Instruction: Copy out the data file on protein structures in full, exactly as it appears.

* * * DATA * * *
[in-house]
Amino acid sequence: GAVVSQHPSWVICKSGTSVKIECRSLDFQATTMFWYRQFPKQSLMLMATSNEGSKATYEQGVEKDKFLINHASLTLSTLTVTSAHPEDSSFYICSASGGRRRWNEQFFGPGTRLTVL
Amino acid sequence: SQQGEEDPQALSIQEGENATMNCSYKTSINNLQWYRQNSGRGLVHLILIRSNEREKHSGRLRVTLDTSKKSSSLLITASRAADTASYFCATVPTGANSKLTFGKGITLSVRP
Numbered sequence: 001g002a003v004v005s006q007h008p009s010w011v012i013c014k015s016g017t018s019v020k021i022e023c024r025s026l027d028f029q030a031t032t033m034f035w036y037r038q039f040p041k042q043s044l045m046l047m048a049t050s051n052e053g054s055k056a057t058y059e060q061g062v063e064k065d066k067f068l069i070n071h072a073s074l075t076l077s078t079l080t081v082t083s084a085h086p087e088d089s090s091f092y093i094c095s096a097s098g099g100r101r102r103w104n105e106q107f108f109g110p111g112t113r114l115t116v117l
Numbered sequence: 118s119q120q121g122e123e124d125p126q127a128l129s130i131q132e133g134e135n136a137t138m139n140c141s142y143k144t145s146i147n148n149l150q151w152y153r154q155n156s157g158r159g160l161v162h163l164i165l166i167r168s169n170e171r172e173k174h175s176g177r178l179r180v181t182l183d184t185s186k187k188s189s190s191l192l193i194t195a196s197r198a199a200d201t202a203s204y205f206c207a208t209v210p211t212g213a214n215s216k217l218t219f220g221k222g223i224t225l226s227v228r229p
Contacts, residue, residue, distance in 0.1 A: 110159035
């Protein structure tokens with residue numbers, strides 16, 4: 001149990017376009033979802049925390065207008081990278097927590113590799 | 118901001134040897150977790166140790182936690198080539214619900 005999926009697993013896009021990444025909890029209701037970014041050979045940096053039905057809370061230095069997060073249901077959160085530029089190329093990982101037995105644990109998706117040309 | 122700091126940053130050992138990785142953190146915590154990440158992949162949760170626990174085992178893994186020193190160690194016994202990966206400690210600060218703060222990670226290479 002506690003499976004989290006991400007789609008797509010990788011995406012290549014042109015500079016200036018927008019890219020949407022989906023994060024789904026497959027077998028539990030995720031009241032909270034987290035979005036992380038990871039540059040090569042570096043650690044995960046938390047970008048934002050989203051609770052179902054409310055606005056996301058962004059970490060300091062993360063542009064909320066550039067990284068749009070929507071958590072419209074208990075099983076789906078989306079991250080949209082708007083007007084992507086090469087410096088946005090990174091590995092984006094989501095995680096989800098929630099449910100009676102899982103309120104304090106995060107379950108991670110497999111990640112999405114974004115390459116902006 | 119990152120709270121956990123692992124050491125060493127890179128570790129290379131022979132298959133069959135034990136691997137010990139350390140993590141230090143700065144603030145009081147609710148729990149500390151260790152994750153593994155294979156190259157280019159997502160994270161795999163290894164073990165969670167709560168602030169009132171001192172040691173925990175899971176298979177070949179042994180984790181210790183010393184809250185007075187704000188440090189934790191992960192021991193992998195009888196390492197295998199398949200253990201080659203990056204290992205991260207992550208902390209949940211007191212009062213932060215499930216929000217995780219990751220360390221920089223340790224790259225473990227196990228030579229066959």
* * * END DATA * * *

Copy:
[in-house]
Amino acid sequence: GAVVSQHPSWVICKSGTSVKIECRSLDFQATTMFWYRQFPKQSLMLMATSNEGSKATYEQGVEKDKFLINHASLTLSTLTVTSAHPEDSSFYICSASGGRRRWNEQFFGPGTRLTVL
Amino acid sequence: SQQGEEDPQALSIQEGENATMNCSYKTSINNLQWYRQNSGRGLVHLILIRSNEREKHSGRLRVTLDTSKKSSSLLITASRAADTASYFCATVPTGANSKLTFGKGITLSVRP
Numbered sequence: 001g002a003v004v005s006q007h008p009s010w011v012i013c014k015s016g017t018s019v020k021i022e023c024r025s026l027d028f029q030a031t032t033m034f035w036y037r038q039f040p041k042q043s044l045m046l047m048a049t050s051n052e053g054s055k056a057t058y059e060q061g062v063e064k065d066k067f068l069i070n071h072a073s074l075t076l077s078t079l080t081v082t083s084a085h086p087e088d089s090s091f092y093i094c095s096a097s098g099g100r101r102r103w104n105e106q107f108f109g110p111g112t113r114l115t116v117l
Numbered sequence: 118s119q120q121g122e123e124d125p126q127a128l129s130i131q132e133g134e135n136a137t138m139n140c141s142y143k144t145s146i147n148n149l150q151w152y153r154q155n156s157g158r159g160l161v162h163l164i165l166i167r168s169n170e171r172e173k174h175s176g177r178l179r180v181t182l183d184t185s186k187k188s189s190s191l192l193i194t195a196s197r198a199a200d201t202a203s204y205f206c207a208t209v210p211t212g213a214n215s216k217l218t219f220g221k222g223i224t225l226s227v228r229p
Contacts, residue, residue, distance in 0.1 A: 110159035
């Protein structure tokens with residue numbers, strides 16, 4: 001149990017376009033979802049925390065207008081990278097927590113590799 | 118901001134040897150977790166140790182936690198080539214619900 005999926009697993013896009021990444025909890029209701037970014041050979045940096053039905057809370061230095069997060073249901077959160085530029089190329093990982101037995105644990109998706117040309 | 122700091126940053130050992138990785142953190146915590154990440158992949162949760170626990174085992178893994186020193190160690194016994202990966206400690210600060218703060222990670226290479 002506690003499976004989290006991400007789609008797509010990788011995406012290549014042109015500079016200036018927008019890219020949407022989906023994060024789904026497959027077998028539990030995720031009241032909270034987290035979005036992380038990871039540059040090569042570096043650690044995960046938390047970008048934002050989203051609770052179902054409310055606005056996301058962004059970490060300091062993360063542009064909320066550039067990284068749009070929507071958590072419209074208990075099983076789906078989306079991250080949209082708007083007007084992507086090469087410096088946005090990174091590995092984006094989501095995680096989800098929630099449910100009676102899982103309120104304090106995060107379950108991670110497999111990640112999405114974004115390459116902006 | 119990152120709270121956990123692992124050491125060493127890179128570790129290379131022979132298959133069959135034990136691997137010990139350390140993590141230090143700065144603030145009081147609710148729990149500390151260790152994750153593994155294979156190259157280019159997502160994270161795999163290894164073990165969670167709560168602030169009132171001192172040691173925990175899971176298979177070949179042994180984790181210790183010393184809250185007075187704000188440090189934790191992960192021991193992998195009888196390492197295998199398949200253990201080659203990056204290992205991260207992550208902390209949940211007191212009062213932060215499930216929000217995780219990751220360390221920089223340790224790259225473990227196990228030579229066959």